New Mexico--Santa Fe Albuquerque Amazing Scenery

Trip Start Apr 16, 2009
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9
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Trip End Jul 12, 2009


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Flag of United States  , New Mexico
Saturday, May 9, 2009

DAY 19, Monday, Amarillo to Santa Fe--Today was a long driving day going all the way from Amarillo, TX, with the temperature rising to 75. Entering New Mexico, we finally feel we've made it to "The West". New Mexico has hills and plateaus that are pink and rocky. There are long stretches with little to see. We lunched at a rest stop where there were many Great-tailed Grackles (not seen in the east) and sparrows. Route 66 runs alongside I-40 as it did it Texas, but sometimes it is only a gravel road. The RV park is on top of a windy hill and has a view of several mountain ranges.

New Mexico is constitutionally bi-lingual (English & Spanish) and has 19 Native American Pueblos, 3 reservations, and 22 tribes.

DAY 20, Tuesday, Santa Fe-Very different city, all buildings are in the Adobe architectural style, even fast food restaurants and gas stations, soft shades of tan and pinkish brown. Even the Capitol is a low, round adobe-style building, referred to as "The Roundhouse." We toured the downtown area; it is a wonderful place with historical sites, smaller museums, churches, and a grassy plaza in the center in the Spanish custom. Following the Old Santa Fe Trail from the plaza to Barrio de Analco, we found the Oldest House built around 1612 and the San Miguel Mission, built between 1600 and 1646 with parts dated back to 1100. The 131-year-old Gothic Loretto Chapel  is known for its "miraculous staircase", a spiral staircase to the choir loft with two 360-degree turns and no visible support. In answer to the Catholic sisters' novena to their patron saint, St. Joseph the Carpenter, a mysterious carpenter arrived and built it using no nails or screws, and when it was complete, he vanished, accepting no compensation. There is also a beautiful French-Romanesque cathedral called Cathedral Basilica of St. Francis of Assisi, built in 1869-1887 with stained glass from Paris and the oldest Madonna in the country (1625), called La Conquistadora. At the portal of the Palace of the Governor's, the oldest building in America, Native Americans from the local pueblos sell jewelry, baskets, and pottery.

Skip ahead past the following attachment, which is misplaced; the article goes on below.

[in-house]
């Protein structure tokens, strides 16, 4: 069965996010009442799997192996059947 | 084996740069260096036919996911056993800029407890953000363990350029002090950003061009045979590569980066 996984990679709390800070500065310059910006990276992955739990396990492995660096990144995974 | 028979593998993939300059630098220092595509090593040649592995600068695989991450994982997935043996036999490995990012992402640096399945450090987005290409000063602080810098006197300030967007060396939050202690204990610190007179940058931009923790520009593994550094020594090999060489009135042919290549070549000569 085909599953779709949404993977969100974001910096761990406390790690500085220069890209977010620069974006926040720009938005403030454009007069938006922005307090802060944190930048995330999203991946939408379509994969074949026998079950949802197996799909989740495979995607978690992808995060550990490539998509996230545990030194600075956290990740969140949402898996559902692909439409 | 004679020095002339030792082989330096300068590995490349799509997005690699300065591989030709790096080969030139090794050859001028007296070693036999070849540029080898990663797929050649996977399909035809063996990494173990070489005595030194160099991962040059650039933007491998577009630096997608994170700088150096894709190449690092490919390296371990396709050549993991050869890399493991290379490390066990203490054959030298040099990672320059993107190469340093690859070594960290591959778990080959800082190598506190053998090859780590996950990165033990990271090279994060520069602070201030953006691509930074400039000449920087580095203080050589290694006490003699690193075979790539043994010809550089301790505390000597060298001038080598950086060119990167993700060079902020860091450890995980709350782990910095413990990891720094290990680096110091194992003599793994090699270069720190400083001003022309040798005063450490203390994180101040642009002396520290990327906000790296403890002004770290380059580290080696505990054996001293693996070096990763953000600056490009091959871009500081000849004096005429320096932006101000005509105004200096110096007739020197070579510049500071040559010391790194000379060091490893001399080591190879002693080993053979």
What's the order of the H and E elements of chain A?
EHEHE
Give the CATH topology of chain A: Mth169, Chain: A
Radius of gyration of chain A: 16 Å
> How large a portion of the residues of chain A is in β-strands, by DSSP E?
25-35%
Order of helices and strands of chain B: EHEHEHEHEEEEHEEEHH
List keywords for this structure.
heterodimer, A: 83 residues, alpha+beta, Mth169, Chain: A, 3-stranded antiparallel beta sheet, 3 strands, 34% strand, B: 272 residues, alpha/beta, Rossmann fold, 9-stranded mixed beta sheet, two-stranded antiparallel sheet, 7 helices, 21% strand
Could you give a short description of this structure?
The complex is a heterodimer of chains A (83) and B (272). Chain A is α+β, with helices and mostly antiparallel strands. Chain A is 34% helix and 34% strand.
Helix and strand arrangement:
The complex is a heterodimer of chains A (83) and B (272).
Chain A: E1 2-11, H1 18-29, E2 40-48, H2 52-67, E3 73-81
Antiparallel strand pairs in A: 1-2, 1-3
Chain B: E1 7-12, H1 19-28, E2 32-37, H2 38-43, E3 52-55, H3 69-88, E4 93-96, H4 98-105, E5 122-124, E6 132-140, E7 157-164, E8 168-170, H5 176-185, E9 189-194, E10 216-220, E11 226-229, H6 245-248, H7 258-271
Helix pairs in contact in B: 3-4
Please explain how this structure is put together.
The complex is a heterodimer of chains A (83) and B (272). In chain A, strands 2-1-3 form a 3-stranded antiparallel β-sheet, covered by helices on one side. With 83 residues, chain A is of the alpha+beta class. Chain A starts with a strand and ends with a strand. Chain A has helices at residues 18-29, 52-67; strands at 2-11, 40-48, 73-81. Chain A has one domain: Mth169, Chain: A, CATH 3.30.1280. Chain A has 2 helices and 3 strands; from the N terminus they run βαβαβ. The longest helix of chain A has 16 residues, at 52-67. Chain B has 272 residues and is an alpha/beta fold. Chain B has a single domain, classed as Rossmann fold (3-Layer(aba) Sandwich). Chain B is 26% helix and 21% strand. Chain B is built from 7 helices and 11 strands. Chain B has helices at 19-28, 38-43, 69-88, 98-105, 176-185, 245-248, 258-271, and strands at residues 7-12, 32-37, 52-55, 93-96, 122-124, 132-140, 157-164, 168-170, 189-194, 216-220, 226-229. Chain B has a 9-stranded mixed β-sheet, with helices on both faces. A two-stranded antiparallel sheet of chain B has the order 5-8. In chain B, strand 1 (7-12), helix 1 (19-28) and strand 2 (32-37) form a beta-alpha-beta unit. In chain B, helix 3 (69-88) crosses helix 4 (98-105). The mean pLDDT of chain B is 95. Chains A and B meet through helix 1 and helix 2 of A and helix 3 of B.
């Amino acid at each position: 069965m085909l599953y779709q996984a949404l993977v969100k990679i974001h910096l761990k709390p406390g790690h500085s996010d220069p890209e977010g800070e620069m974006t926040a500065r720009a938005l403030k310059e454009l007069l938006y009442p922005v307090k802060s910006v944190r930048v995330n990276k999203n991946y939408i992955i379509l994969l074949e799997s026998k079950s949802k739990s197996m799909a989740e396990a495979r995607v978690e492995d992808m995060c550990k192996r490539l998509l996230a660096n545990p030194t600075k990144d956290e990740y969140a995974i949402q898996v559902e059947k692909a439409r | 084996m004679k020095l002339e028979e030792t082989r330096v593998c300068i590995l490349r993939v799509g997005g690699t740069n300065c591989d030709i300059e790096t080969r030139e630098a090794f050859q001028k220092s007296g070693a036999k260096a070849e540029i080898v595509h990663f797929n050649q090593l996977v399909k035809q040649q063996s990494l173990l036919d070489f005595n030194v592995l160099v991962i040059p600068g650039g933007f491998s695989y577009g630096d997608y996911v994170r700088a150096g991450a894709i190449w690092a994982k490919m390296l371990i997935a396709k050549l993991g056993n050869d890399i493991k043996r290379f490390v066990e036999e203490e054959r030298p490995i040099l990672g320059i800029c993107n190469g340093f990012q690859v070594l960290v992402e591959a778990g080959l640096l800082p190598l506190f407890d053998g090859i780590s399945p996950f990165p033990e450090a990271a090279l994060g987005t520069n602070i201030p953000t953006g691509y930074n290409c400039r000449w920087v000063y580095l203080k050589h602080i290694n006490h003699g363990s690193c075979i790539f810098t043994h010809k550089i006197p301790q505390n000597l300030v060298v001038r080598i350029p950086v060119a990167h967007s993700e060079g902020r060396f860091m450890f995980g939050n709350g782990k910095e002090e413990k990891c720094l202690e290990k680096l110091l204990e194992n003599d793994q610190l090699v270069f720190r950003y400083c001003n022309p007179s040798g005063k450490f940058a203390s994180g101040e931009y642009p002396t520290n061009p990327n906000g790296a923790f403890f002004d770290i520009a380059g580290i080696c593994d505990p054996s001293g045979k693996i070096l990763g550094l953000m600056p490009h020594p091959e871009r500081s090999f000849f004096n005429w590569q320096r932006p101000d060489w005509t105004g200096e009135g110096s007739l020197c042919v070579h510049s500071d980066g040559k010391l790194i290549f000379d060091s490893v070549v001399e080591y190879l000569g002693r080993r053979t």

The city is an arts community, with galleries offering the highest quality art/sculpture. We were disappointed in the collection at the Georgia O'Keeffe Museum; we expected it to be larger with some of her more impressive paintings. Following the Santa Fe River up to an arts neighborhood, we were amazed at the high quality and uniqueness of artistic work in the mile long Canyon Road. We ended the day enjoying the surprises, and plan to go back again later in the week.

We ate our way through Santa Fe, with a Frito Pie for a morning snack, a carnita and lemonade from the famous stand on the plaza, and a true Santa Fe enchilada dinner at the Flying Tortilla, where we ordered "Christmas", referring to both red and green chile sauces.